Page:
Auteur: A. L. Humphreys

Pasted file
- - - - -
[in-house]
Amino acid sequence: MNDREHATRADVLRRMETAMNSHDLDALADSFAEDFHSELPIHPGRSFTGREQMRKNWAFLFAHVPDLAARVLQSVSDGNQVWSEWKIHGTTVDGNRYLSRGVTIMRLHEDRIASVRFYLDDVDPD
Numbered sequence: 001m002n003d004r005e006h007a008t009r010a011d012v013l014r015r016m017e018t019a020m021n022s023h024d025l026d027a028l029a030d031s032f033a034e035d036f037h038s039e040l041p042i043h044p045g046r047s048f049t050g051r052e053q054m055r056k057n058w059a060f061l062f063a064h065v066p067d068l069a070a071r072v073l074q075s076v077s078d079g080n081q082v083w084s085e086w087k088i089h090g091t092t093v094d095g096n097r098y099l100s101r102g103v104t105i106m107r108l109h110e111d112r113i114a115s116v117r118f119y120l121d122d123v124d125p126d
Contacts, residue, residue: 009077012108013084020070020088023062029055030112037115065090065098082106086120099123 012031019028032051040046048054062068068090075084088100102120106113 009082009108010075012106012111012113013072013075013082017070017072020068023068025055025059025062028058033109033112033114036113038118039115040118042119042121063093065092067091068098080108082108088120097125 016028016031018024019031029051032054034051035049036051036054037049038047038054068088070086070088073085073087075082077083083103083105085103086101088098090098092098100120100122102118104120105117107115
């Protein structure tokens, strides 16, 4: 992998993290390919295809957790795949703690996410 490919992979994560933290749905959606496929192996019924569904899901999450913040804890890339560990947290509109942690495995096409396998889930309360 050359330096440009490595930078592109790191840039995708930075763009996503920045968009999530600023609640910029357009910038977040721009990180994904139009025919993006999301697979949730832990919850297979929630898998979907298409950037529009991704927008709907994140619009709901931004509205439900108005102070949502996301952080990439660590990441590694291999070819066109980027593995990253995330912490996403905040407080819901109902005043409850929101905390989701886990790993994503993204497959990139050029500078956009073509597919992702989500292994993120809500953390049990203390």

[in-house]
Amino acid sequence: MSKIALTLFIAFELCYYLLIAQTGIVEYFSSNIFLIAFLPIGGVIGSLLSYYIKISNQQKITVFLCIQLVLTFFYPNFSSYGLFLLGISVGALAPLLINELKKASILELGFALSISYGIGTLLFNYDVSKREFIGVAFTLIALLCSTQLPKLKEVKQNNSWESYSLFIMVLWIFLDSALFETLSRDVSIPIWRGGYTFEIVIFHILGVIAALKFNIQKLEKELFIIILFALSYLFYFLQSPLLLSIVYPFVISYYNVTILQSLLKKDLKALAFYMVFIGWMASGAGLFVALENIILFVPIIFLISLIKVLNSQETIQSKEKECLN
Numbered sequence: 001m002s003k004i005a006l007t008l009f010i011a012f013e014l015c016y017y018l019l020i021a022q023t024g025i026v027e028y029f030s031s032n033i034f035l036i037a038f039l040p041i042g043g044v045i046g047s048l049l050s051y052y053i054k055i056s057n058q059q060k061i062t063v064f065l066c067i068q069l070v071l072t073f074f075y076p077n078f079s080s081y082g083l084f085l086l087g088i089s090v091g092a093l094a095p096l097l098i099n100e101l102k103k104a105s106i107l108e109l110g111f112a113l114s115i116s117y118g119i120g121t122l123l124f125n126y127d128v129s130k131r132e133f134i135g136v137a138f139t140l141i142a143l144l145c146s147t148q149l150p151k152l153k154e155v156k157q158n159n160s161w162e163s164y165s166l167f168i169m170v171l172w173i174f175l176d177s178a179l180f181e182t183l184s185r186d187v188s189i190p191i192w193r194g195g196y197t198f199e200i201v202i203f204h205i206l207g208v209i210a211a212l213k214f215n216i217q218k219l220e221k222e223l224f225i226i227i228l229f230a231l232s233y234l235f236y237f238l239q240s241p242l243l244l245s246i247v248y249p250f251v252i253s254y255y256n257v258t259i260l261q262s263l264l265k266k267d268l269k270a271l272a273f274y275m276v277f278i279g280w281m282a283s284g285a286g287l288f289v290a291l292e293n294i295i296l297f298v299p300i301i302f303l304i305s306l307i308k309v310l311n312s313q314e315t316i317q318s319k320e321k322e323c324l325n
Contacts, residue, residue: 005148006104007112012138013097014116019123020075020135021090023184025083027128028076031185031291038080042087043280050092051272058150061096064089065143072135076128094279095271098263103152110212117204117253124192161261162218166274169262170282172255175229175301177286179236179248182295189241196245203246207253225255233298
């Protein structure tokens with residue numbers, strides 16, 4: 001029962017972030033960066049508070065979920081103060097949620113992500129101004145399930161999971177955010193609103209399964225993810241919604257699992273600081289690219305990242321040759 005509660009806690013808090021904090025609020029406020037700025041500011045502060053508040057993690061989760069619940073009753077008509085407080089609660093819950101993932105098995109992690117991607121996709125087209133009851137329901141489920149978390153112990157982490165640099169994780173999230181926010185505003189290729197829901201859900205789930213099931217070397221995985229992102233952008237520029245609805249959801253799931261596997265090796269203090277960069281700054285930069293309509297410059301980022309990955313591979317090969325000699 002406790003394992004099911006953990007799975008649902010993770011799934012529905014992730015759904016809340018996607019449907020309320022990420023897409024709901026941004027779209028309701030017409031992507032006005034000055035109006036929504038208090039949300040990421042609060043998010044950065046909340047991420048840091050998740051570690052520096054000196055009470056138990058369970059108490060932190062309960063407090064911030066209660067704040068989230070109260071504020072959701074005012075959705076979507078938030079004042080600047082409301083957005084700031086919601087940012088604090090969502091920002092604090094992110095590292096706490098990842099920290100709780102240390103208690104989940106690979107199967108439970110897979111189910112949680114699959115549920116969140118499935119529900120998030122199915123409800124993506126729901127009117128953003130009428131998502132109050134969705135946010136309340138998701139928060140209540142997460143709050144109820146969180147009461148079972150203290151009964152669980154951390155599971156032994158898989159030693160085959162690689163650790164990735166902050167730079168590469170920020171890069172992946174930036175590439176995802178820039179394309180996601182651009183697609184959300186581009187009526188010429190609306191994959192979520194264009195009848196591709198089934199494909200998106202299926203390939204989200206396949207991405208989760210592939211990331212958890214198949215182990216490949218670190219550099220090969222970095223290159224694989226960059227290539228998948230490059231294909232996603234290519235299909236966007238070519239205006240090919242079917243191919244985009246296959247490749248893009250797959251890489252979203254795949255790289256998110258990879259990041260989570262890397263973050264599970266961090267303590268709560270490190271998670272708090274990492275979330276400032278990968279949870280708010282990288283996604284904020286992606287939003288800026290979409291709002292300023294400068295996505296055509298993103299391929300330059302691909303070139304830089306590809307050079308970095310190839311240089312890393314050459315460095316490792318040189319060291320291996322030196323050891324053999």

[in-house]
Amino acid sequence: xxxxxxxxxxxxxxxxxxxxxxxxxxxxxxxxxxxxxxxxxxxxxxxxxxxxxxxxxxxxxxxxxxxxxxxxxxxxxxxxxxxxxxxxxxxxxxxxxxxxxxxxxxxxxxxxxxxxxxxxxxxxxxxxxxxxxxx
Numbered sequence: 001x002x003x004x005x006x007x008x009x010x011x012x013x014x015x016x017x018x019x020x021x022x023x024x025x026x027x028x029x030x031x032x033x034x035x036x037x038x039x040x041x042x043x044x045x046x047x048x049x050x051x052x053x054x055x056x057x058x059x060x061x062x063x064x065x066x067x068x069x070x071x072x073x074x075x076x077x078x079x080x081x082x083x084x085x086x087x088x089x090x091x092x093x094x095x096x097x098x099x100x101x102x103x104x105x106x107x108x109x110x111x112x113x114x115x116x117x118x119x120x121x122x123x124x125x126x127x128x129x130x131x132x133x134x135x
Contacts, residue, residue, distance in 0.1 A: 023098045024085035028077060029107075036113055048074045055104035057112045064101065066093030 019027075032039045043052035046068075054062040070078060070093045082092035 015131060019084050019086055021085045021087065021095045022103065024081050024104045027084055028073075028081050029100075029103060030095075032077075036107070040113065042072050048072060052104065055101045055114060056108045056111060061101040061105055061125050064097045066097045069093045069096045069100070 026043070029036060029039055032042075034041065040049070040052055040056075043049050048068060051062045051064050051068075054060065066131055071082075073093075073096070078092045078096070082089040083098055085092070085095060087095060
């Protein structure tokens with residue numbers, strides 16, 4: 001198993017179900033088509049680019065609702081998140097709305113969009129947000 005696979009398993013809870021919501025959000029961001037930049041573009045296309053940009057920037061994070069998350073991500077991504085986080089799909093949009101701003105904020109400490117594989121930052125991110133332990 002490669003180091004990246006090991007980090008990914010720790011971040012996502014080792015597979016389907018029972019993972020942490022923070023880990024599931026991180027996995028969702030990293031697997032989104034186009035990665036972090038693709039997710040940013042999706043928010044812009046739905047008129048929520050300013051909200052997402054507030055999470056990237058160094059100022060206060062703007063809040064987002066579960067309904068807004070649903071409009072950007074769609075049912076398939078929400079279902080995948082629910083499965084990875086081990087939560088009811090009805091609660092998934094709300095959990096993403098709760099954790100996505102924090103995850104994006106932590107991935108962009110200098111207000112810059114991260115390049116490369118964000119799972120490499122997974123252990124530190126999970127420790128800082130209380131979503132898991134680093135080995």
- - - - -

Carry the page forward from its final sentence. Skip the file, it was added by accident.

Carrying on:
There can be few historical documents which offer the same combination of visual beauty, factual evidence and social interest as old maps. Through them we can trace the develop-ment of human knowledge about the world and the changing face of nation and city, while marvelling at the delicacy of colour and ornamentation achieved by their designers and printers. Arthur L. Humphreys based this history of map-making on the collection of A. G. H. Macpherson, who had acquired over 250 printed books, including at least one copy of all the major atlases published since the 1480s. The extraordinary diversity of the maps in Macpherson's possession, which cover a span of some 300 years in the history of printing, is reflected in the range of black and white and coloured plates selected for illustration here. It was during those 300 years that the great European navigators pushed the frontiers of exploration into the Americas, Africa and Asia, while an increasing interest in local topography led to a demand for town plans and county maps. The earliest wood-cuts representing the ancient Greek view of the world, in which detail fades as Europe is left behind, give way to accurate navigational charts of distant coast-lines and major ports. The later map-makers, however, saw no reason why their new representations of the world should be any less decorative. The gods who blew the winds from the edges of a flat earth were replaced by delightful vignettes of native peoples, mythical monsters by indigenous wild life. Map-making was as much an artistic as a scientific activity. Whatever the focus of their interest, as geographers, art-historians, or simply as people who are curious about the past, this new edition of Humphreys' work offers everybody the opportunity to enjoy old maps that have now become collectors' items.